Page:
GM’s (GM) stock can no longer be viewed as equity in the sense that it would be at most companies. It does trade on the NYSE, at an average volume of 28 million shares a day. But, at less than $6 a share, the value of the transactions from market open to market close are tiny.
GM shares now trade at a remarkably low 2% of annual revenue.
As the largest car company in the US reported at 45% drop in sales for October, GM’s stock barely moved at all which would seem to be puzzling.
Through most of the early afternoon, GM was down about 3% to $5.60. That is still above the 52-week low of $4. The stock is no longer even a reasonable proxy for the firm’s value. With its cash position dropping, ratings agencies expect the company could be insolvent by the middle of next year. Buying a share of General Motors is now virtually the same as buying a junk bond in a company with a high risk of default. The yield could be 40% or more, but the risk of that continuing to pay out is small.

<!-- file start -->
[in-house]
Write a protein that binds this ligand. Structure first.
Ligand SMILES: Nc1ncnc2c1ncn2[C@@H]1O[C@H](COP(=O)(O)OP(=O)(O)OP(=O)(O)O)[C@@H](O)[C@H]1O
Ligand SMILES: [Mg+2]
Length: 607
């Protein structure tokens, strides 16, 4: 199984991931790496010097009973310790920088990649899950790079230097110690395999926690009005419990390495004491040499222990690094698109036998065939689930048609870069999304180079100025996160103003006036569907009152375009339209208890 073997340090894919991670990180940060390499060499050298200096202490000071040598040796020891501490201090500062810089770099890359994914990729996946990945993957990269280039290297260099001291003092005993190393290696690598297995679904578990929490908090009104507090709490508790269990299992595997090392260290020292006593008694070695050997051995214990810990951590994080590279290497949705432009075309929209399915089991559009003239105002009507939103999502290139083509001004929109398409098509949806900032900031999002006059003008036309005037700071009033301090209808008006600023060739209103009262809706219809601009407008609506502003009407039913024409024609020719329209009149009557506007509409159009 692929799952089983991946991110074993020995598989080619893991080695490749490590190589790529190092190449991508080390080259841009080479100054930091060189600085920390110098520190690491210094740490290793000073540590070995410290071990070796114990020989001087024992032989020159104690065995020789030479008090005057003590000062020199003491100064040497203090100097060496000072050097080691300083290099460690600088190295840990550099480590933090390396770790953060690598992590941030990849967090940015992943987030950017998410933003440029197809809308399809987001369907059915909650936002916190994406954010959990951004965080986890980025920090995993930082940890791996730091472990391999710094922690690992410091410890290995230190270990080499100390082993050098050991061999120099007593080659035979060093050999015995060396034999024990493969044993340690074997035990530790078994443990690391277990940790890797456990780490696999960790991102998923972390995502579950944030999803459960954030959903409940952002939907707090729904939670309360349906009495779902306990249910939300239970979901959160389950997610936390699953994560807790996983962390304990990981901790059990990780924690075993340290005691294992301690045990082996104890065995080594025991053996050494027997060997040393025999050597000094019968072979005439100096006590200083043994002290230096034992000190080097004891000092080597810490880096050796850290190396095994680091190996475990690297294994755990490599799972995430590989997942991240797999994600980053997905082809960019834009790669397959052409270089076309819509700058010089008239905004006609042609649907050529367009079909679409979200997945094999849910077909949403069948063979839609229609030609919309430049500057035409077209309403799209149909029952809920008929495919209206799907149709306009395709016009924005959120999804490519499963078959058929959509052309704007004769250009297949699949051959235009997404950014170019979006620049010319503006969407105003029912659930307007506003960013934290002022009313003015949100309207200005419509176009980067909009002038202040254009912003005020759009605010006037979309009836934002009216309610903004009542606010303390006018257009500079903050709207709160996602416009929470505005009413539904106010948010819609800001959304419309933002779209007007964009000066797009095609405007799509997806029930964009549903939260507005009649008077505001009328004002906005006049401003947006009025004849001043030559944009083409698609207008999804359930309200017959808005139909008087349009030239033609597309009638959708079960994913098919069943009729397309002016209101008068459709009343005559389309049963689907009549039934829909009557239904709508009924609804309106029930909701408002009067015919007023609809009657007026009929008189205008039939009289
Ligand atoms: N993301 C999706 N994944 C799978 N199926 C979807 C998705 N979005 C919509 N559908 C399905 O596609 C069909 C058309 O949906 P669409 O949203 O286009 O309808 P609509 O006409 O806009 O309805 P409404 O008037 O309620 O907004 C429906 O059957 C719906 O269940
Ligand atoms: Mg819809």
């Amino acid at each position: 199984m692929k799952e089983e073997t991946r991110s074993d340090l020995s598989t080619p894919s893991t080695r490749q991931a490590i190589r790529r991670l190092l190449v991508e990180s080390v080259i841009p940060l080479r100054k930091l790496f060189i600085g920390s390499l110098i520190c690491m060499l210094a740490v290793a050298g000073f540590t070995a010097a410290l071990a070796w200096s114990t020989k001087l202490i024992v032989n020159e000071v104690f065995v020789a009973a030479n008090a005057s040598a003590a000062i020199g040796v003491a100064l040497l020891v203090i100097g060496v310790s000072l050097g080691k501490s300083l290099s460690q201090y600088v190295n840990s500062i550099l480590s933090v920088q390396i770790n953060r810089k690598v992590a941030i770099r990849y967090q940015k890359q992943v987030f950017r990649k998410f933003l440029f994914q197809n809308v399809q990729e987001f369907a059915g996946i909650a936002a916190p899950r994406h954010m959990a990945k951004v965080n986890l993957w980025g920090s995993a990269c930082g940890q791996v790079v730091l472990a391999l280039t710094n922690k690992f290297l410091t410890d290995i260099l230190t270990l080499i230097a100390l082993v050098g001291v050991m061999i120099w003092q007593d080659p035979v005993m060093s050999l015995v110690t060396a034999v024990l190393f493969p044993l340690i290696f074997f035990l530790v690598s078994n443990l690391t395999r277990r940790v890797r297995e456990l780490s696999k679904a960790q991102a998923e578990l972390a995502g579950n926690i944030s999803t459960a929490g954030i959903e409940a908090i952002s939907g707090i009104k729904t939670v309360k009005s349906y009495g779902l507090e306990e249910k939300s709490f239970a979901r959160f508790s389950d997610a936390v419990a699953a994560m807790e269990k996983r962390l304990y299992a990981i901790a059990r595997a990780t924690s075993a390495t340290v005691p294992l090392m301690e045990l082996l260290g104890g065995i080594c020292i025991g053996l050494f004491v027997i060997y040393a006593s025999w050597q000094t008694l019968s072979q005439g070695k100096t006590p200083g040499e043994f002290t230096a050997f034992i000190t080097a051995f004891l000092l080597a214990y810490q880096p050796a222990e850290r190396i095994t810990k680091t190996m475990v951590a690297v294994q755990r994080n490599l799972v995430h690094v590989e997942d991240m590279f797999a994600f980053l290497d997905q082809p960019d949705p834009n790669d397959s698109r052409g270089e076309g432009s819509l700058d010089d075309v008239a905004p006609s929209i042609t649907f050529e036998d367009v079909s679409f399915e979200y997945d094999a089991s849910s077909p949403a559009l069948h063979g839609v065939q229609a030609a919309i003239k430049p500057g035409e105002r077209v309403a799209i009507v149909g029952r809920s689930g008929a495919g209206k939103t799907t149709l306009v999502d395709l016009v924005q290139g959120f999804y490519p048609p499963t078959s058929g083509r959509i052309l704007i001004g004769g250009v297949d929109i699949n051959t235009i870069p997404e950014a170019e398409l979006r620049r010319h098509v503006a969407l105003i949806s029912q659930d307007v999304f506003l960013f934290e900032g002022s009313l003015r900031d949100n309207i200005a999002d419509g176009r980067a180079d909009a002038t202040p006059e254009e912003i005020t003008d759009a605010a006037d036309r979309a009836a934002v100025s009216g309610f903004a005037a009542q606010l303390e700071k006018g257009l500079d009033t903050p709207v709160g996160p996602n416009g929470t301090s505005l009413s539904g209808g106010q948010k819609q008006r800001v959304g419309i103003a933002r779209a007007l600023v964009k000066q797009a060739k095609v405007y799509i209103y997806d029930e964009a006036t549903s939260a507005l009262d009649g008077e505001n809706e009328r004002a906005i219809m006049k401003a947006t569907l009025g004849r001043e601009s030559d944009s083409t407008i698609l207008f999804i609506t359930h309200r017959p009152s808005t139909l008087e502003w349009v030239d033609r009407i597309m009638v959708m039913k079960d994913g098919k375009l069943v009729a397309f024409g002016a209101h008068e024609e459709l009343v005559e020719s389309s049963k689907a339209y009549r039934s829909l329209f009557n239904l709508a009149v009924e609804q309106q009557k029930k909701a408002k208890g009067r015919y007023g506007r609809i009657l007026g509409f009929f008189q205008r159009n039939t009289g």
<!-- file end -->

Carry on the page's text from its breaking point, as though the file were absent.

The market is pricing GM shares based on a high degree of probability that the value of the firm’s equity will go to zero. An event involving a buyout of Chrysler with some outside capital coming in, perhaps from the Fed, is low. On the off chance it happens, GM could double but the equity value of the firm is still essentially zilch.
GM’s shares still trade, but, at the end of the day, that does not mean much
Douglas A. McIntyre